At a time when New York City students are engaging in walkouts over COVID rules, New York's Department of Health has stepped in to say kids are required to get their booster shot to be able to participate in after school activities.
Those who are eligible for the booster but have not received it yet will not be able to participate in after school activities.
The letter from officials begins by saying it's a clarification to the recent CDC guidance update for quarantines.
WHEC reporter Jennifer Lewke published the letter in a tweet, with the following section highlighted:
"Extracurricular or after school activities: Individuals 12 years and older who are eligible for a booster but not boosted, and who have been exposed to an individual with COVID-19, cannot participate in extracurricular or after school activities and, aside from school attendance for instruction and bus travel, must adhere to a 5-day quarantine at home. Fully vaccinated 5-11-year-old children are not eligible for a booster and have no further restrictions."
New York is going a step further than what the federal guidelines currently require. The current rules on the CDC website say those "ages 5-17 years and completed the primary series of COVID-19 vaccines" do not need to be quarantined. Further, the definition of "primary series" per the CDC is two doses of the Pfizer-BioNTech vaccine.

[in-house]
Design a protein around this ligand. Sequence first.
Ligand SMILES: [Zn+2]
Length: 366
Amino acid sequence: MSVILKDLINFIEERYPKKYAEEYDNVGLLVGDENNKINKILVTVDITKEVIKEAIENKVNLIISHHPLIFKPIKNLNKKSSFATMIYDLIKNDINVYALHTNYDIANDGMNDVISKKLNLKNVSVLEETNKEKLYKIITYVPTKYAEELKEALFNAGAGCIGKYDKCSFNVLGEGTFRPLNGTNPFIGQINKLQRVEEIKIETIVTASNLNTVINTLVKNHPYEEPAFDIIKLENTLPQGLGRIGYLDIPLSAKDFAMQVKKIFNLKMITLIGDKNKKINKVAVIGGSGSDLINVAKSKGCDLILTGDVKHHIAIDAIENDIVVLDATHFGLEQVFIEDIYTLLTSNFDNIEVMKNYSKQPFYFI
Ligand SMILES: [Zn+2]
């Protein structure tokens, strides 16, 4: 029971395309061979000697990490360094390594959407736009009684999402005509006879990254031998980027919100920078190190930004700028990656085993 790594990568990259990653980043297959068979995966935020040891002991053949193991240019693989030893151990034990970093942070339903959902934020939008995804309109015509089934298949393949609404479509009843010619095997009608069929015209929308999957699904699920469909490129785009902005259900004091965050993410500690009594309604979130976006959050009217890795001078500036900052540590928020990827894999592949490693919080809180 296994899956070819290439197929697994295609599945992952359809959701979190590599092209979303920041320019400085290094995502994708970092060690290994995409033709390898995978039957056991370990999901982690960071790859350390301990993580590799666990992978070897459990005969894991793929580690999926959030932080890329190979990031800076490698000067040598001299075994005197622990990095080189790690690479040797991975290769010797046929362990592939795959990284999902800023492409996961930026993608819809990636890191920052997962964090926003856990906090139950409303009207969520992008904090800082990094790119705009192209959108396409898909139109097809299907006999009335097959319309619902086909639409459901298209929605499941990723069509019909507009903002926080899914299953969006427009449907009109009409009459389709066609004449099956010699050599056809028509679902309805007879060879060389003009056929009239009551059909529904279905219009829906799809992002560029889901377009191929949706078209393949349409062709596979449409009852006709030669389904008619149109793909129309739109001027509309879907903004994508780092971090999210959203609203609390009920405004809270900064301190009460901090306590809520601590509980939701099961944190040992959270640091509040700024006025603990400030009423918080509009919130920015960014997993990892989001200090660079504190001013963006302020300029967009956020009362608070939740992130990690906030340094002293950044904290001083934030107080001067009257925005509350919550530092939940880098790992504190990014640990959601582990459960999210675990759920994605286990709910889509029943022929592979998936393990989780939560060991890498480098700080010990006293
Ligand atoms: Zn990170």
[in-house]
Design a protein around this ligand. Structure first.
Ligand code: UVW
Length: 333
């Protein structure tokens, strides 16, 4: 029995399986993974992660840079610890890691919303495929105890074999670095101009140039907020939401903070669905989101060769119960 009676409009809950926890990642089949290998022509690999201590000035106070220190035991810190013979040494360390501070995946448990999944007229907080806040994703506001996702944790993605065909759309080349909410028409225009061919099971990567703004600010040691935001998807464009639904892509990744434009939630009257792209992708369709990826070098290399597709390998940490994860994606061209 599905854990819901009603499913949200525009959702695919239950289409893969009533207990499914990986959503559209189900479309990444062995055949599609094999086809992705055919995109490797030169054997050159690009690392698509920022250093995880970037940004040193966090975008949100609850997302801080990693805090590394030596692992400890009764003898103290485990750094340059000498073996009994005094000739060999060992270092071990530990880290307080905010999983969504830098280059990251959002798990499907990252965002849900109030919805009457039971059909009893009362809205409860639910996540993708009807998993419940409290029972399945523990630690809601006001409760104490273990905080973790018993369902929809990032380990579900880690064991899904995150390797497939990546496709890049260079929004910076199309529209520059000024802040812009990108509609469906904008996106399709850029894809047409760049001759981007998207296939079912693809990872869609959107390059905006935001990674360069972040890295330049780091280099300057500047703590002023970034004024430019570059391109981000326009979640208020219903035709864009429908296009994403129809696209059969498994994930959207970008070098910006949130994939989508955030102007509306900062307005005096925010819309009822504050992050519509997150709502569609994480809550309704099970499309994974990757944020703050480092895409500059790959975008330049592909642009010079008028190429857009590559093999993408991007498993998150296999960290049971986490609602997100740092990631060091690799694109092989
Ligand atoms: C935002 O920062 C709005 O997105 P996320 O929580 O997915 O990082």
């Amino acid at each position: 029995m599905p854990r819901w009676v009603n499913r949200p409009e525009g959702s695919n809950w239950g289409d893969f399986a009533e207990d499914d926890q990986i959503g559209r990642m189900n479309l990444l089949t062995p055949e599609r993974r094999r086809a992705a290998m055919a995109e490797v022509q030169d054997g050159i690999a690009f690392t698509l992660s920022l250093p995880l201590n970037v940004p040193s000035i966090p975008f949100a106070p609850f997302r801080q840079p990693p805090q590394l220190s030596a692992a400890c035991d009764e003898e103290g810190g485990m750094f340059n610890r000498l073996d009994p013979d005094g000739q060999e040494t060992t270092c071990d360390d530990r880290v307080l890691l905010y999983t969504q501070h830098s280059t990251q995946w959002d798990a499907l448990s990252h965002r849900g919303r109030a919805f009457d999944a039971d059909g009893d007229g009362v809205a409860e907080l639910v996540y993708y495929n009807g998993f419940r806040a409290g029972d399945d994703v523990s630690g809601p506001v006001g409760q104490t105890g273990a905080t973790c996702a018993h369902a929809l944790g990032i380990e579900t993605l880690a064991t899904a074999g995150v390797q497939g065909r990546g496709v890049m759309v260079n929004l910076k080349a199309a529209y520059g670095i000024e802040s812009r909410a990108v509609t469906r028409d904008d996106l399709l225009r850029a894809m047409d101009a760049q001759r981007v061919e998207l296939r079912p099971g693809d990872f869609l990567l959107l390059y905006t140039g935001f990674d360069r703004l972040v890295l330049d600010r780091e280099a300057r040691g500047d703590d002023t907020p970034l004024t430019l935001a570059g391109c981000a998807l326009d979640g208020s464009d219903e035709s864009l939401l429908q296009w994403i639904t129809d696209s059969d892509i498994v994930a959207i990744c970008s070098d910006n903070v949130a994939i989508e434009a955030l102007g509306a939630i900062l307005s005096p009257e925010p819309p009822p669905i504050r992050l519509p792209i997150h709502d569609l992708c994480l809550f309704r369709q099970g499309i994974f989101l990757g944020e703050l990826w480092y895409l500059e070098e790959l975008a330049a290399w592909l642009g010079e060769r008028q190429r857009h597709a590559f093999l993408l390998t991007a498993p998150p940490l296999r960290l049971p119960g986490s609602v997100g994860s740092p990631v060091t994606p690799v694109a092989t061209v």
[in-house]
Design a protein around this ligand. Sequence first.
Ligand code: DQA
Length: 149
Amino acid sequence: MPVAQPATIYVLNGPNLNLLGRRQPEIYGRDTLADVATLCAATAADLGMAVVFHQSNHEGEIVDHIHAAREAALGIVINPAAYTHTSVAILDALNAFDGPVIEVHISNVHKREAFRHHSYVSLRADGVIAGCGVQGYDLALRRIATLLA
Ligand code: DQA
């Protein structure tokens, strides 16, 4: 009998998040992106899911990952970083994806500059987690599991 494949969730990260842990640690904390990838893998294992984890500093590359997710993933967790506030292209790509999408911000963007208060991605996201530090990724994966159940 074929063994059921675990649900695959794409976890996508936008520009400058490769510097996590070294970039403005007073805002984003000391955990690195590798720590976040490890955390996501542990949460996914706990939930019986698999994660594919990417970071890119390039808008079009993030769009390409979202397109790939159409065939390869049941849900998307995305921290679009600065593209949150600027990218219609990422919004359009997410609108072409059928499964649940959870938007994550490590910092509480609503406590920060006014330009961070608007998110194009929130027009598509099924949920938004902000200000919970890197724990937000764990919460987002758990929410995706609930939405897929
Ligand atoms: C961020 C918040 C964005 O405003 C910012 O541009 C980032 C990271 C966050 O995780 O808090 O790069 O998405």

Lewke said school officials have reached out to New York's state health department for further answers.
Minus that one exception, the letter otherwise repeats what's previously been said about the newest COVID regulations for New York's schools.
This comes alongside this week's announcement that New York Governor Kathy Hochul is launching a #VaxForKids marketing campaign to push for further inoculation of all children ages 5 and up. The program does include a focus on getting kids age 12 and older boosted, as well.
This latest addition to the list of COVID regulations comes as the NYC Department of Education brought into effect a new series of rules this year meant to keep schools open despite the pandemic. It was a pivot towards individualized testing and isolation measures for students if they’re COVID-positive.
The backlash of this shift in strategy resulted in an uproar from teachers union members who advocate for remote learning methods instead.
Last month, New York University expanded their definition of "fully vaccinated" to include an additional jab beyond the initial two doses. A similar booster-shot mandate measure was announced by George Washington University around that same timeframe.